In the last half-decade, the worlds of forward-thinking streetwear and home decor have started to bump up against each other with newfound zest. The highly influential designer and architect Virgil Abloh was tapped for an IKEA collaboration in 2017, and two years later, the legendary label Supreme teamed up with Knoll to produce a limited-edition Wassily chair. California furniture manufacturer Modernica has steadily racked up collaborations with well-known labels like The Hundreds and Brain Dead as well as graffiti artists like Futura and Stash. Younger and emerging talent has entered the fray too. Take Phil Panza, a 26-year-old artist and designer based in New York.
For Phil, moving into the home goods space felt like a natural progression. He started out making graphic-driven rugs. Then came his most ambitious piece to date: a hulking New York Yankees cap that’s part accent chair and part art object. Whether it’s the rugs or the quasi-furniture, all of his work feels wholly born from a razor-sharp streetwear sensibility.
Phil is emblematic of the multidisciplinary and increasingly unbounded world of contemporary streetwear. Since graduating from Columbus College of Art & Design in 2017, where he majored in fashion, the native New Yorker has built a career that seamlessly revolves through the worlds of jewelry, fashion, and interior design. His industry experience also includes a brief stint at 18 East, a nascent menswear brand beloved for its elevated streetwear-influenced clothes. Phil’s time there clearly left an impression. “I saw what is capable within a small, close-knit crew to create,” he says. “It really inspired and pushed me to do more things.”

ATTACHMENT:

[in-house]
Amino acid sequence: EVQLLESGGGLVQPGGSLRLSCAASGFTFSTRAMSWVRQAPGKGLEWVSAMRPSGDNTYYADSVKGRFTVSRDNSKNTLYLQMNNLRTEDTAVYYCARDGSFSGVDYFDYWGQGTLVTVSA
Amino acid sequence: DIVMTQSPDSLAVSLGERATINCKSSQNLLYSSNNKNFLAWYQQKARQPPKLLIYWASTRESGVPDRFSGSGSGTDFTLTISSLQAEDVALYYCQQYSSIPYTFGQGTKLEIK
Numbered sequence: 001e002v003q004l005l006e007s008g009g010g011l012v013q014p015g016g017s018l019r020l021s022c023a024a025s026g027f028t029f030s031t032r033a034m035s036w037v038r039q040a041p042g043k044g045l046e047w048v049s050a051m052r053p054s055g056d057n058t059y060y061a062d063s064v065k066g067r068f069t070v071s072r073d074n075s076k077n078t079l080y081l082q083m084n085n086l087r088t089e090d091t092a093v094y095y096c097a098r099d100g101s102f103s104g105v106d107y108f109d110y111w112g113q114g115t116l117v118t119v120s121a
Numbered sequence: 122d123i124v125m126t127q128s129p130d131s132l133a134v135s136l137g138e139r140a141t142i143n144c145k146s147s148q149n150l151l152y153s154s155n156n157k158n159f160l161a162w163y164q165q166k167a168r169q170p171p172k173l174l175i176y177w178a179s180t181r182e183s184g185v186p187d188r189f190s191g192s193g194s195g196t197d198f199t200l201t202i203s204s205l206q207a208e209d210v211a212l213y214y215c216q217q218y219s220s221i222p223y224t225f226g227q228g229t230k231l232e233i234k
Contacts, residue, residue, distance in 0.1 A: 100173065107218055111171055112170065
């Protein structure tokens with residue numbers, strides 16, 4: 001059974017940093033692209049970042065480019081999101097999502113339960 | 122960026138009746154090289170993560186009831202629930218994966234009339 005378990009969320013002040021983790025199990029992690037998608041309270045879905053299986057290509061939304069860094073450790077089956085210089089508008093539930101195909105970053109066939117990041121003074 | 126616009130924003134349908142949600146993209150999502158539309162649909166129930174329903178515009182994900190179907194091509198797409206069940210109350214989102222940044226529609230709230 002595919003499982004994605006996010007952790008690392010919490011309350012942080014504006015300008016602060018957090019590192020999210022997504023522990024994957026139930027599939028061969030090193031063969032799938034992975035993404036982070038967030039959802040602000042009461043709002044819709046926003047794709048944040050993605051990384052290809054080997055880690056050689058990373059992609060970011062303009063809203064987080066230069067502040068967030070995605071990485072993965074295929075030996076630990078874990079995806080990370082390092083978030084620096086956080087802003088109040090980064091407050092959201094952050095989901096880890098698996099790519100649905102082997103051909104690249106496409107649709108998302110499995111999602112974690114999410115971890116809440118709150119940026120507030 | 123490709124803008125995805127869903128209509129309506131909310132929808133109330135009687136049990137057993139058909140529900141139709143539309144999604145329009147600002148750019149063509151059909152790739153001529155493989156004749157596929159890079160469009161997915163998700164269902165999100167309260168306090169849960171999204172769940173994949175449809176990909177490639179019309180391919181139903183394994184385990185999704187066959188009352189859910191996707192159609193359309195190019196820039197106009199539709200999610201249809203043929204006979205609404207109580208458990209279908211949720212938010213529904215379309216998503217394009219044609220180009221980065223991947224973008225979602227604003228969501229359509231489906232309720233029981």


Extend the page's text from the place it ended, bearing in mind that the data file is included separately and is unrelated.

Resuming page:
The designer left in 2019, after helping the brand open its vibey Nolita storefront, to focus on his own practice, even if he wasn’t exactly sure what that was just yet. “I was really looking to get more into interiors,” Phil adds. “But I don’t have a background in woodworking or building furniture. I thought the best way of starting off could be tapestry or rugs.” It felt like a natural leap for him: Working with textiles was one of the things about fashion that excited him the most, and he figured he could carry that passion into this next phase. Plus, he notes, “it didn’t take too much machinery to create.” So, Phil bought a tufting gun (a practice that was already trending up) and got to work, eventually moving to Portugal to focus on this new craft. He lived and worked there throughout the pandemic until returning to New York this past spring.
His earliest rugs featured the type of in-the-know imagery you see on the mood board accounts that dominate street culture’s corner of Instagram. One features a BMW M3 (a favorite car of tastemaker-musicians Tyler, the Creator, and Frank Ocean), and another a particularly hyped-up sneaker (Nike’s Chunky Dunky shoe). Over time, Phil’s work grew more ambitious in scope and scale. He made an eight-foot, multi-piece skeleton rug that you could move around and rearrange to interact with the other furniture in a room. Another piece was a BMW dashboard outfitted with fluffy dice.